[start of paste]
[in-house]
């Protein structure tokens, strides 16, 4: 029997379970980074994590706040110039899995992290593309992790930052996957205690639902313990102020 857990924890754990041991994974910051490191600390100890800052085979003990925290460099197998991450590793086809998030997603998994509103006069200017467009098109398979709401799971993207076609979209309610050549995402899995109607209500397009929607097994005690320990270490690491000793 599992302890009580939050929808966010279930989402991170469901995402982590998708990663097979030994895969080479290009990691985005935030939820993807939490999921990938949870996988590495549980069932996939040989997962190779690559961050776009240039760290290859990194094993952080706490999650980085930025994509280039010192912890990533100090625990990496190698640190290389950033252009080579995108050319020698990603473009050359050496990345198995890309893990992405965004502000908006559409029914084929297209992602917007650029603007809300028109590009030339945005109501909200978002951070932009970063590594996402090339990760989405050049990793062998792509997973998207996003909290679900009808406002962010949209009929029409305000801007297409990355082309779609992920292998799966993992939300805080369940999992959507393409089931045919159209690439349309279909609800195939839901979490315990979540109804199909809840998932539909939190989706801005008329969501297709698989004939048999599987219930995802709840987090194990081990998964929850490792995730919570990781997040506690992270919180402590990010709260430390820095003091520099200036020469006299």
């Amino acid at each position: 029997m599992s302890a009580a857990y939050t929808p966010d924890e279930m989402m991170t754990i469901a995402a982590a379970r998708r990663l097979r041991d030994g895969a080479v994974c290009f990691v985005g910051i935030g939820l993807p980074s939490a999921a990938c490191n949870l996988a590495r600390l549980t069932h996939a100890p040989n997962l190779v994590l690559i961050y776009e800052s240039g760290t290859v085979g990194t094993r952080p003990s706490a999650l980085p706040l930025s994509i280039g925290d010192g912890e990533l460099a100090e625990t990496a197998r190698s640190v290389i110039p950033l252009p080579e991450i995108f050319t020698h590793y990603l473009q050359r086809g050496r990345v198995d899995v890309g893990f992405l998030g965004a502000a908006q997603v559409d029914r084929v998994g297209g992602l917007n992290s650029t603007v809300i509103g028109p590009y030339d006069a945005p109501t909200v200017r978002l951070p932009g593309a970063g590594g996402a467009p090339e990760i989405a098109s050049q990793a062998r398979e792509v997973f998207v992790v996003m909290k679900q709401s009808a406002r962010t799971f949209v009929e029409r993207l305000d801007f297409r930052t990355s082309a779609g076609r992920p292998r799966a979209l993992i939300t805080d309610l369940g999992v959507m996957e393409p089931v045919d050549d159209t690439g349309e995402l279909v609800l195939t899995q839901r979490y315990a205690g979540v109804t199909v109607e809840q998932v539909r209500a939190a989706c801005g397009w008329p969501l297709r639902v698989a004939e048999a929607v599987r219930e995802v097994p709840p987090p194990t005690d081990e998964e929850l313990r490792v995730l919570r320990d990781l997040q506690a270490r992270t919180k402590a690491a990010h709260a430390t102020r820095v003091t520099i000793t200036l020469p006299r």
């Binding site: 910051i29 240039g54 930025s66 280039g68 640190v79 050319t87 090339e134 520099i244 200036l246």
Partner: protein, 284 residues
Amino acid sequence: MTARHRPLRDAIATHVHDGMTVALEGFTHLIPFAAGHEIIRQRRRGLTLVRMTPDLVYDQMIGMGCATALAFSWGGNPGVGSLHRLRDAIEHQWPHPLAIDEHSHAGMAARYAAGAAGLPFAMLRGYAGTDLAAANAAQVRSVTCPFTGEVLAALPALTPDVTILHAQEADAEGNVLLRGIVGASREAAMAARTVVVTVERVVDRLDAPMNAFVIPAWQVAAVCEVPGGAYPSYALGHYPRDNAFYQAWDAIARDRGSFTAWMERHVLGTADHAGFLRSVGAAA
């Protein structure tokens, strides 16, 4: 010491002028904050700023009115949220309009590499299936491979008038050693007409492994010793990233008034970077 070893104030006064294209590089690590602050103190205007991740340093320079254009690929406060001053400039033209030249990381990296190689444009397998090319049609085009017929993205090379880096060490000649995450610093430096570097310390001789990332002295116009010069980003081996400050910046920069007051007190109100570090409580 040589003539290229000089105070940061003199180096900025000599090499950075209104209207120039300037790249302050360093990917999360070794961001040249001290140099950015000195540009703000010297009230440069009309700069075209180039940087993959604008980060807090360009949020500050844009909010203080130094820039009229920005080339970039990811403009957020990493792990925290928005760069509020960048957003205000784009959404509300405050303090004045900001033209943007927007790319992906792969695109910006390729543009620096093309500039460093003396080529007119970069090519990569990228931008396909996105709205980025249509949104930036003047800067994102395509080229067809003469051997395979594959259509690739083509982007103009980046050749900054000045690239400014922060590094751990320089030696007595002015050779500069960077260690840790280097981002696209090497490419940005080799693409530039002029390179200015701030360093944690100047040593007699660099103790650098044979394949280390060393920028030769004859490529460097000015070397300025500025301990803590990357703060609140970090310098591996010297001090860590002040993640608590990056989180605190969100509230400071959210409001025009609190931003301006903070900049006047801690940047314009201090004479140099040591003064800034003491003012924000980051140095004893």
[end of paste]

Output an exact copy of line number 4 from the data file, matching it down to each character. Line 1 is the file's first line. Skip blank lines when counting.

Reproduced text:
């Binding site: 910051i29 240039g54 930025s66 280039g68 640190v79 050319t87 090339e134 520099i244 200036l246």